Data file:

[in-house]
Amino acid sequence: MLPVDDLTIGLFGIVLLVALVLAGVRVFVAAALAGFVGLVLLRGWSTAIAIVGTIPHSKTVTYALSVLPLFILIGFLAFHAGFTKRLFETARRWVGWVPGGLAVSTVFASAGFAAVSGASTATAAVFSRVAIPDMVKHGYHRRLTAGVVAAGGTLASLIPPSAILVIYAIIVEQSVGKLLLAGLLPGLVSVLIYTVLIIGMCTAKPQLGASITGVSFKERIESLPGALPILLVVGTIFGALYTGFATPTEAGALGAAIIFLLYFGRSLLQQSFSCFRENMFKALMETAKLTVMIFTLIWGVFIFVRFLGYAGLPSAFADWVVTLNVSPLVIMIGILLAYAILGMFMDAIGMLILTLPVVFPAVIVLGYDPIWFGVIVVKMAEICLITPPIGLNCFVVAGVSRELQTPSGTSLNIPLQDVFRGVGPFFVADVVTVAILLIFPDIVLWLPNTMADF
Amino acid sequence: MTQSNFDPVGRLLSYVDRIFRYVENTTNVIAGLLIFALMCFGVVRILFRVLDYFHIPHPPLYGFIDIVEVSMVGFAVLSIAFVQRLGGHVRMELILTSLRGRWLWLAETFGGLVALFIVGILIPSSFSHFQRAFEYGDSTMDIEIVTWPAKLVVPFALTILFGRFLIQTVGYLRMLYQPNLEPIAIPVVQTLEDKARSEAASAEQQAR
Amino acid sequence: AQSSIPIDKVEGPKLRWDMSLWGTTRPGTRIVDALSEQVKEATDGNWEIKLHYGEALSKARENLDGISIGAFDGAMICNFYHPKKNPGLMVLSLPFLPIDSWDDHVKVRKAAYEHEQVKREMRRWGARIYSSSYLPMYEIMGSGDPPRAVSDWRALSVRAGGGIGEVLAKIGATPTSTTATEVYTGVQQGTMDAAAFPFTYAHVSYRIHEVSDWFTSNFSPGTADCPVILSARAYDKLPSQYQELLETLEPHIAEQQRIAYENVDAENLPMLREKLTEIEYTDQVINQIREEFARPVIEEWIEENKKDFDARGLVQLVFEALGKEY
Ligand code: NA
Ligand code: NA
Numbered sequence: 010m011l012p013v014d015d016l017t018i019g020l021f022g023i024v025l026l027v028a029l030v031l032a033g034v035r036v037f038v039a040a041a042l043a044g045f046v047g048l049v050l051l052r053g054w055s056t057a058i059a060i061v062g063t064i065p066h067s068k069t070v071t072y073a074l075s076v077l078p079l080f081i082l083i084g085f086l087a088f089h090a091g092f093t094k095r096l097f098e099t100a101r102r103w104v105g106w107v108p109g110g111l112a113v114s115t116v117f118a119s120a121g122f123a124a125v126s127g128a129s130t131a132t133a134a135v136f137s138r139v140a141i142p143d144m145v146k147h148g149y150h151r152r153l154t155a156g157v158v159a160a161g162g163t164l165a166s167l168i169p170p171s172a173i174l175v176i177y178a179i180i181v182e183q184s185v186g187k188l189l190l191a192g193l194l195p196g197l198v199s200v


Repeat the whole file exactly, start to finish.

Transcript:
[in-house]
Amino acid sequence: MLPVDDLTIGLFGIVLLVALVLAGVRVFVAAALAGFVGLVLLRGWSTAIAIVGTIPHSKTVTYALSVLPLFILIGFLAFHAGFTKRLFETARRWVGWVPGGLAVSTVFASAGFAAVSGASTATAAVFSRVAIPDMVKHGYHRRLTAGVVAAGGTLASLIPPSAILVIYAIIVEQSVGKLLLAGLLPGLVSVLIYTVLIIGMCTAKPQLGASITGVSFKERIESLPGALPILLVVGTIFGALYTGFATPTEAGALGAAIIFLLYFGRSLLQQSFSCFRENMFKALMETAKLTVMIFTLIWGVFIFVRFLGYAGLPSAFADWVVTLNVSPLVIMIGILLAYAILGMFMDAIGMLILTLPVVFPAVIVLGYDPIWFGVIVVKMAEICLITPPIGLNCFVVAGVSRELQTPSGTSLNIPLQDVFRGVGPFFVADVVTVAILLIFPDIVLWLPNTMADF
Amino acid sequence: MTQSNFDPVGRLLSYVDRIFRYVENTTNVIAGLLIFALMCFGVVRILFRVLDYFHIPHPPLYGFIDIVEVSMVGFAVLSIAFVQRLGGHVRMELILTSLRGRWLWLAETFGGLVALFIVGILIPSSFSHFQRAFEYGDSTMDIEIVTWPAKLVVPFALTILFGRFLIQTVGYLRMLYQPNLEPIAIPVVQTLEDKARSEAASAEQQAR
Amino acid sequence: AQSSIPIDKVEGPKLRWDMSLWGTTRPGTRIVDALSEQVKEATDGNWEIKLHYGEALSKARENLDGISIGAFDGAMICNFYHPKKNPGLMVLSLPFLPIDSWDDHVKVRKAAYEHEQVKREMRRWGARIYSSSYLPMYEIMGSGDPPRAVSDWRALSVRAGGGIGEVLAKIGATPTSTTATEVYTGVQQGTMDAAAFPFTYAHVSYRIHEVSDWFTSNFSPGTADCPVILSARAYDKLPSQYQELLETLEPHIAEQQRIAYENVDAENLPMLREKLTEIEYTDQVINQIREEFARPVIEEWIEENKKDFDARGLVQLVFEALGKEY
Ligand code: NA
Ligand code: NA
Numbered sequence: 010m011l012p013v014d015d016l017t018i019g020l021f022g023i024v025l026l027v028a029l030v031l032a033g034v035r036v037f038v039a040a041a042l043a044g045f046v047g048l049v050l051l052r053g054w055s056t057a058i059a060i061v062g063t064i065p066h067s068k069t070v071t072y073a074l075s076v077l078p079l080f081i082l083i084g085f086l087a088f089h090a091g092f093t094k095r096l097f098e099t100a101r102r103w104v105g106w107v108p109g110g111l112a113v114s115t116v117f118a119s120a121g122f123a124a125v126s127g128a129s130t131a132t133a134a135v136f137s138r139v140a141i142p143d144m145v146k147h148g149y150h151r152r153l154t155a156g157v158v159a160a161g162g163t164l165a166s167l168i169p170p171s172a173i174l175v176i177y178a179i180i181v182e183q184s185v186g187k188l189l190l191a192g193l194l195p196g197l198v199s200v